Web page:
Is this Joe Biden pick already doomed?

월요일에, President-elect Joe Biden announced that Neera Tanden was his pick to be the next Office of Management and Budget director.

이상 18 hours prior, 하나, Republicans were already predicting that Tanden would never make it through the confirmation process.
Arkansas Sen. Tom Cotton referred to Tanden as apartisan hack.
“니라 치아, 공화당 상원 의원에 대해 끝없이 비난하는 발언을하고있는’ 그녀에게 필요한 투표, 확인 될 가능성이 없습니다.,” 트윗 Drew Brandewie, communications director for Texas Sen. 존 코닌.
    Josh Holmes, former chief of staff to Senate Majority Leader Mitch McConnell (R-Kentucky) described the Tanden pick as a sacrifice to the confirmation gods.
    At issue for Republicans is Tanden’s role as the president and CEO of the Center for American Progress, an influential liberal think tank. And specifically, her outspoken opposition to the confirmation of Brett Kavanaugh to the Supreme Court in 2018.
    In the wake of Kavanaugh’s narrow confirmation to the nation’s highest court, Tanden said this: “Senate Republicans chose to give him the promotion of a lifetime and send a terrible message to sexual assault survivors. In his hearing, Kavanaugh repeatedly lied about matters big and small and revealed himself as an obviously unfit, dishonest, pure partisan.

    Of Maine Republican Sen. Susan Collins, who cast the deciding vote in Kavanaugh’s favor, Tanden was even more critical. “이것의. Susan Collins stepped forward as the chief advocate for Judge Kavanaugh, offering a pathetically bad faith argument as cover for President Trump’s vicious attacks on survivors of sexual assault,” said Tanden, 첨가: “Collins also revealed herself as a fake defender of Roe v. Wade, parroting ridiculous and debunked talking points.
    Which brings me to the Senate mathand why a unified GOP could well mean that Tanden never gets to run OMB.
    At the moment, Republicans control 52 seats to Democrats’ 48. Control of the Senate won’t be decided until January 5, when GOP Sens. David Perdue and Kelly Loeffler find themselves in runoff races against Democrats Jon Ossoff and Raphael Warnock, 각기.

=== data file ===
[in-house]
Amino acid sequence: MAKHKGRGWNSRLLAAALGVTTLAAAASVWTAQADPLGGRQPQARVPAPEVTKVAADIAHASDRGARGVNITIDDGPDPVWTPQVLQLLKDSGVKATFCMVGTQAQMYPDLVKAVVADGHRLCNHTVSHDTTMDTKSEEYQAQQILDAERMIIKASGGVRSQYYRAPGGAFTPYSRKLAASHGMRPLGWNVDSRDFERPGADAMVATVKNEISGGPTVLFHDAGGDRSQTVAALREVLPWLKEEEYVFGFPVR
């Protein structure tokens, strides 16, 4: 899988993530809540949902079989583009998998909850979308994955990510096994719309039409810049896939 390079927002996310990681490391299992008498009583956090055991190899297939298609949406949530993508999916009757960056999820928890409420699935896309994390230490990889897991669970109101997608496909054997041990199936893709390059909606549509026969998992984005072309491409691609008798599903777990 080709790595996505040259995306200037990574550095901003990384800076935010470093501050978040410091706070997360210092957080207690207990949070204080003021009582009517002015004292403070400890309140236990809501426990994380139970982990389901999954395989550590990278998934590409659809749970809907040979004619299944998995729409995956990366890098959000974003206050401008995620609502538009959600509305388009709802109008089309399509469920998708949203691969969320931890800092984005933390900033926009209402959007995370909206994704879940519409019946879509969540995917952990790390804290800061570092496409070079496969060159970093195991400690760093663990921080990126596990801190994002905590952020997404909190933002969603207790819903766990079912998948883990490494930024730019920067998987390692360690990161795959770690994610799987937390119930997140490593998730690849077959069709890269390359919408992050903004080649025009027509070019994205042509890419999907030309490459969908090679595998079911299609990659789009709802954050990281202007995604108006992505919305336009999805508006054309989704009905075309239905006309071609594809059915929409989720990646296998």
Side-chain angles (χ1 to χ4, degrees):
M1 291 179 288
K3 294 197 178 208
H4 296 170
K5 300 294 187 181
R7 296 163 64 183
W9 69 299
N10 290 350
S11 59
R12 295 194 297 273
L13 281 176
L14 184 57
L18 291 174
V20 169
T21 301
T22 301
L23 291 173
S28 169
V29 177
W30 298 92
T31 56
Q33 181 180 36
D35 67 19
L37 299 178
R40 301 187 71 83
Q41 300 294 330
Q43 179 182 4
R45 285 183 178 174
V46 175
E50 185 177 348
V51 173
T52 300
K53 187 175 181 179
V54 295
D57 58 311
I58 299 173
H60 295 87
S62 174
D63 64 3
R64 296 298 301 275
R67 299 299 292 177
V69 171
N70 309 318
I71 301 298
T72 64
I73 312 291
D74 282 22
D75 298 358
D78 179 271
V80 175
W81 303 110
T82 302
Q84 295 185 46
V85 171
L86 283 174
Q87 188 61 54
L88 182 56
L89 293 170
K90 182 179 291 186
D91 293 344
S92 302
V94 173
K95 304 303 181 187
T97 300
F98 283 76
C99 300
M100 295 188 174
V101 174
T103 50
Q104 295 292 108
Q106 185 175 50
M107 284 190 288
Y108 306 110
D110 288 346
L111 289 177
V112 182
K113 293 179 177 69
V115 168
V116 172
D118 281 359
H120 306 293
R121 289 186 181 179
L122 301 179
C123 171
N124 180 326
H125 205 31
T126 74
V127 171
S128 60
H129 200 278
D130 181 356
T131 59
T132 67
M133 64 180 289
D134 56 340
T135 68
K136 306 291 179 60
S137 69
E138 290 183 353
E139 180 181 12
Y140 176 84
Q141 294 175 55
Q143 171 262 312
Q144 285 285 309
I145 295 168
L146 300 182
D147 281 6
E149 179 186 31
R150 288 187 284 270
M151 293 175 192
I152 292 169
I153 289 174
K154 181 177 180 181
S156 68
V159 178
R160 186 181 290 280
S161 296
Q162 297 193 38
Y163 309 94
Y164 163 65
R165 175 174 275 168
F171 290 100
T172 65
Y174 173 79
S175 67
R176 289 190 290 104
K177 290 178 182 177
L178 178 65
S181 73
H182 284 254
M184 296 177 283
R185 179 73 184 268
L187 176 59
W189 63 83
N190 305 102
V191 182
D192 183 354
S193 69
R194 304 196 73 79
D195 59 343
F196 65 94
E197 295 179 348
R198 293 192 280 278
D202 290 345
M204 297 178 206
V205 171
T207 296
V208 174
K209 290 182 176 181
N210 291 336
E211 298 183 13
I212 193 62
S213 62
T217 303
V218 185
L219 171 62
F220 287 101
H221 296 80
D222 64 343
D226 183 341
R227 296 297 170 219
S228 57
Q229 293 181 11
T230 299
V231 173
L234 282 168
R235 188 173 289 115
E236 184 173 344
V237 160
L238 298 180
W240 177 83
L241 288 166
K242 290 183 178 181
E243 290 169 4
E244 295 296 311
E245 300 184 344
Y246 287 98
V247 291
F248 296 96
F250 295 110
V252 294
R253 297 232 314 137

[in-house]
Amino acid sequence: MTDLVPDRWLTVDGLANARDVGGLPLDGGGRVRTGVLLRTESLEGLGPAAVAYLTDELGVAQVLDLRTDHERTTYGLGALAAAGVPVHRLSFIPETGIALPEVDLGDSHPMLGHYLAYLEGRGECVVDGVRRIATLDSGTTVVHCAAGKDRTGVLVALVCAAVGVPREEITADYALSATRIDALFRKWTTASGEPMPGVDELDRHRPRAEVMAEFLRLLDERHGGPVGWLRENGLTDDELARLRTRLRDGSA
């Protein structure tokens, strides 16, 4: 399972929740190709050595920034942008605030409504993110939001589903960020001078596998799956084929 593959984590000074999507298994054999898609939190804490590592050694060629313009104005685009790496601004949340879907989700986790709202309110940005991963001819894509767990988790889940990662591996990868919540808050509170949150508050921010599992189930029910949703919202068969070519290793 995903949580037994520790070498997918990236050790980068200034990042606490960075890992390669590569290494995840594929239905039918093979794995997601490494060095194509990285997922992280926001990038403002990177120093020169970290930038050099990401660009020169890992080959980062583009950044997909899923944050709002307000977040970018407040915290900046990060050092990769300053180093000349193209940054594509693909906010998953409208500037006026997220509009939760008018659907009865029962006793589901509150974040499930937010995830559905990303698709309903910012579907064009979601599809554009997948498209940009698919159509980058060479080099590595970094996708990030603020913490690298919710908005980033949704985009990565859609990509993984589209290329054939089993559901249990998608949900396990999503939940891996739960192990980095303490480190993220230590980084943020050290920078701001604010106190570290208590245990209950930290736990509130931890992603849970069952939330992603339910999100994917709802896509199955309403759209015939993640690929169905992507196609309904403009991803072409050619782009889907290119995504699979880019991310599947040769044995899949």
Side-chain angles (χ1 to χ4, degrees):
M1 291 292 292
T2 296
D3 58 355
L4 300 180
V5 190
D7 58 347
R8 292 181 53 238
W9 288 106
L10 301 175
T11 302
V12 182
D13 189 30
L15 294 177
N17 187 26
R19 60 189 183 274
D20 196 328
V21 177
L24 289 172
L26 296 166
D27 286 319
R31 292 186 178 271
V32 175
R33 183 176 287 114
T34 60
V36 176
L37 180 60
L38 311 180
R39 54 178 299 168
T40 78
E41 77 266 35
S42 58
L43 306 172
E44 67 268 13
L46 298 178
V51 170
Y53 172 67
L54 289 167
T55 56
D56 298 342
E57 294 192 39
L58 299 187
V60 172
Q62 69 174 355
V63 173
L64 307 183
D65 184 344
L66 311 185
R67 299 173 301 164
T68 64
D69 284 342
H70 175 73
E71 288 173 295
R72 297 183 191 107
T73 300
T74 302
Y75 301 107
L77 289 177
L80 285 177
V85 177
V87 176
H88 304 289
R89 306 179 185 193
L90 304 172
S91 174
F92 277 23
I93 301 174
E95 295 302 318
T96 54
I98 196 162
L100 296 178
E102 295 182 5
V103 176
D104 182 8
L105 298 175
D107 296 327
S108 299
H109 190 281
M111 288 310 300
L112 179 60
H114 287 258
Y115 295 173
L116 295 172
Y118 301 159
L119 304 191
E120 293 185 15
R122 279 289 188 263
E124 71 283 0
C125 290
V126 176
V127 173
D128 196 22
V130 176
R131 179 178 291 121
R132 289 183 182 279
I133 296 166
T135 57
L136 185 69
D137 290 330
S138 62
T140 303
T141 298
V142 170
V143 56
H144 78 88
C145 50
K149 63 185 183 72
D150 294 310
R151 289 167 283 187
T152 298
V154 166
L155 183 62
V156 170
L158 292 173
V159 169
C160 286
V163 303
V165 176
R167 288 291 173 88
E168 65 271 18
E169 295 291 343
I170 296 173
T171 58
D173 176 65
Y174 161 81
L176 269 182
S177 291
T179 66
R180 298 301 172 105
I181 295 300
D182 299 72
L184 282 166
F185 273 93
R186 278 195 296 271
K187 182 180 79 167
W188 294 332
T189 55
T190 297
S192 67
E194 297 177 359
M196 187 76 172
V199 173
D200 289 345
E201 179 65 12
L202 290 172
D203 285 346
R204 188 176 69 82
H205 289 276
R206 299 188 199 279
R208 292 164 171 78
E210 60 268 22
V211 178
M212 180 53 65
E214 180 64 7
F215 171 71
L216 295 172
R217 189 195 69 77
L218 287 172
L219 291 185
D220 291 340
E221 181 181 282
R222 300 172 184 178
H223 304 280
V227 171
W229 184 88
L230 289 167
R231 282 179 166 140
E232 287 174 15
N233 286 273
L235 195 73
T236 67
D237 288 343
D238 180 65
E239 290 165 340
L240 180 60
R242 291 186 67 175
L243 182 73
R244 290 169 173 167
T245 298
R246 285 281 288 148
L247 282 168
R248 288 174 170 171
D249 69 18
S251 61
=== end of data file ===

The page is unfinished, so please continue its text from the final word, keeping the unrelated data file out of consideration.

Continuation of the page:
If Democrats manage to win both of those racesand they haven’t won a Senate race in Georgia since 2000 — the Senate would be split 50-50, giving Vice President-elect Kamala Harris the deciding vote and her party effective control of the chamber. And Tanden, under that scenario, would likely be confirmed to the OMB gig.
    But if Democrats don’t sweep those runoffs, then Biden — 과, by extension, Tandenwill need at least one Republican senator (and maybe two) to give her the 50 votes she needs to be confirmed. (That assumes every Democratic senator votes for her. Which seems likelyeven though some liberals do not like Tanden.)
    The two most obvious targets for any Democrat nominee looking to pick up GOP voters are Collins and her colleagueand close confidanteLisa Murkowski of Alaska. Whoops!
    While Collins could well decide to ignore Tanden’s past criticism of her when making a decision about confirmation, 잘, that is not going to happen. Because, 아무튼, this is politics. Could Murkowski be the lone GOP vote Tanden needs? 확실한! But the badmouthing of Collins certainly doesn’t help matters for Tanden when it comes to Murkowski.
      지금, when we are talking about such small marginsneeding a single GOP vote, potentiallythere are always scenarios where Tanden could lose Collins and Murkowski and still get confirmed by some other Republican senator’s vote.
      그러나, 같이 CNN’s Zach Wolf noted earlier this month, recent history suggests that one of the President’s picks usually doesn’t make it. (At least one Cabinet pick by every president since Bill Clinton in 1992 has failed to be confirmed.) At the moment, Tanden looks to be the favorite for that ignominious honor.

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